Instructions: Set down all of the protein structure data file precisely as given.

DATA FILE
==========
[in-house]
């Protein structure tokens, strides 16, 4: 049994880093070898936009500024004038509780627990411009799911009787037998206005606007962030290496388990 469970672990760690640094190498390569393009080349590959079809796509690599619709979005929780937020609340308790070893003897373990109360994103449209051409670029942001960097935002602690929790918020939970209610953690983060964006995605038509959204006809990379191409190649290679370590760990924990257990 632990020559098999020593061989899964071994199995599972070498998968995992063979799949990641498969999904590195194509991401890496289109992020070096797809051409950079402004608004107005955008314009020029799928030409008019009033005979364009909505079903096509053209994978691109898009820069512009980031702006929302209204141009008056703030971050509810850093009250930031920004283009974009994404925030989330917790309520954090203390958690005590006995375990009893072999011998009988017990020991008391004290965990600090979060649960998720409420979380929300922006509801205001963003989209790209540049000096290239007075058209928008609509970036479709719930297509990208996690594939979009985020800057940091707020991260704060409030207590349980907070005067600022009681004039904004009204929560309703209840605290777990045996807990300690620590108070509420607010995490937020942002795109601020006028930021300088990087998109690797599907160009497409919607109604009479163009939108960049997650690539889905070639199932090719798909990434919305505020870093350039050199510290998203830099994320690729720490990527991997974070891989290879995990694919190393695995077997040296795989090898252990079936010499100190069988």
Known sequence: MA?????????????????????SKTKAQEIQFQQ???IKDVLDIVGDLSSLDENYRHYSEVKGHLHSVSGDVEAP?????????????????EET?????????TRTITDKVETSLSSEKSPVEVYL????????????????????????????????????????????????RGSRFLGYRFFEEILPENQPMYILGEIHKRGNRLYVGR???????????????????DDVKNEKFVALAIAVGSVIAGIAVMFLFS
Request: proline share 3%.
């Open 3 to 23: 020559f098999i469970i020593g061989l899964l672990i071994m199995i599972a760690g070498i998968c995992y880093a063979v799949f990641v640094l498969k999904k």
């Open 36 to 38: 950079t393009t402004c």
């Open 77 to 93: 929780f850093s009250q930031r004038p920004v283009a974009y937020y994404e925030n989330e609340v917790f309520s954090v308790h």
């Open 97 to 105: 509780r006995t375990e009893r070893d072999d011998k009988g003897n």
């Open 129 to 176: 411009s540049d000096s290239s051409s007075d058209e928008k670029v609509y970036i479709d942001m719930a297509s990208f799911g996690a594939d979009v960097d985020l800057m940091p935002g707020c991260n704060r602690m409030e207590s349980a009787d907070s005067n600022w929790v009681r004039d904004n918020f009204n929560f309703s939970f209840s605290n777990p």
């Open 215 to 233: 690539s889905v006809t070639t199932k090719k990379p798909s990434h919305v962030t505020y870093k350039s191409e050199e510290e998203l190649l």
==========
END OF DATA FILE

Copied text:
[in-house]
């Protein structure tokens, strides 16, 4: 049994880093070898936009500024004038509780627990411009799911009787037998206005606007962030290496388990 469970672990760690640094190498390569393009080349590959079809796509690599619709979005929780937020609340308790070893003897373990109360994103449209051409670029942001960097935002602690929790918020939970209610953690983060964006995605038509959204006809990379191409190649290679370590760990924990257990 632990020559098999020593061989899964071994199995599972070498998968995992063979799949990641498969999904590195194509991401890496289109992020070096797809051409950079402004608004107005955008314009020029799928030409008019009033005979364009909505079903096509053209994978691109898009820069512009980031702006929302209204141009008056703030971050509810850093009250930031920004283009974009994404925030989330917790309520954090203390958690005590006995375990009893072999011998009988017990020991008391004290965990600090979060649960998720409420979380929300922006509801205001963003989209790209540049000096290239007075058209928008609509970036479709719930297509990208996690594939979009985020800057940091707020991260704060409030207590349980907070005067600022009681004039904004009204929560309703209840605290777990045996807990300690620590108070509420607010995490937020942002795109601020006028930021300088990087998109690797599907160009497409919607109604009479163009939108960049997650690539889905070639199932090719798909990434919305505020870093350039050199510290998203830099994320690729720490990527991997974070891989290879995990694919190393695995077997040296795989090898252990079936010499100190069988």
Known sequence: MA?????????????????????SKTKAQEIQFQQ???IKDVLDIVGDLSSLDENYRHYSEVKGHLHSVSGDVEAP?????????????????EET?????????TRTITDKVETSLSSEKSPVEVYL????????????????????????????????????????????????RGSRFLGYRFFEEILPENQPMYILGEIHKRGNRLYVGR???????????????????DDVKNEKFVALAIAVGSVIAGIAVMFLFS
Request: proline share 3%.
């Open 3 to 23: 020559f098999i469970i020593g061989l899964l672990i071994m199995i599972a760690g070498i998968c995992y880093a063979v799949f990641v640094l498969k999904k």
């Open 36 to 38: 950079t393009t402004c």
């Open 77 to 93: 929780f850093s009250q930031r004038p920004v283009a974009y937020y994404e925030n989330e609340v917790f309520s954090v308790h």
């Open 97 to 105: 509780r006995t375990e009893r070893d072999d011998k009988g003897n």
């Open 129 to 176: 411009s540049d000096s290239s051409s007075d058209e928008k670029v609509y970036i479709d942001m719930a297509s990208f799911g996690a594939d979009v960097d985020l800057m940091p935002g707020c991260n704060r602690m409030e207590s349980a009787d907070s005067n600022w929790v009681r004039d904004n918020f009204n929560f309703s939970f209840s605290n777990p």
């Open 215 to 233: 690539s889905v006809t070639t199932k090719k990379p798909s990434h919305v962030t505020y870093k350039s191409e050199e510290e998203l190649l």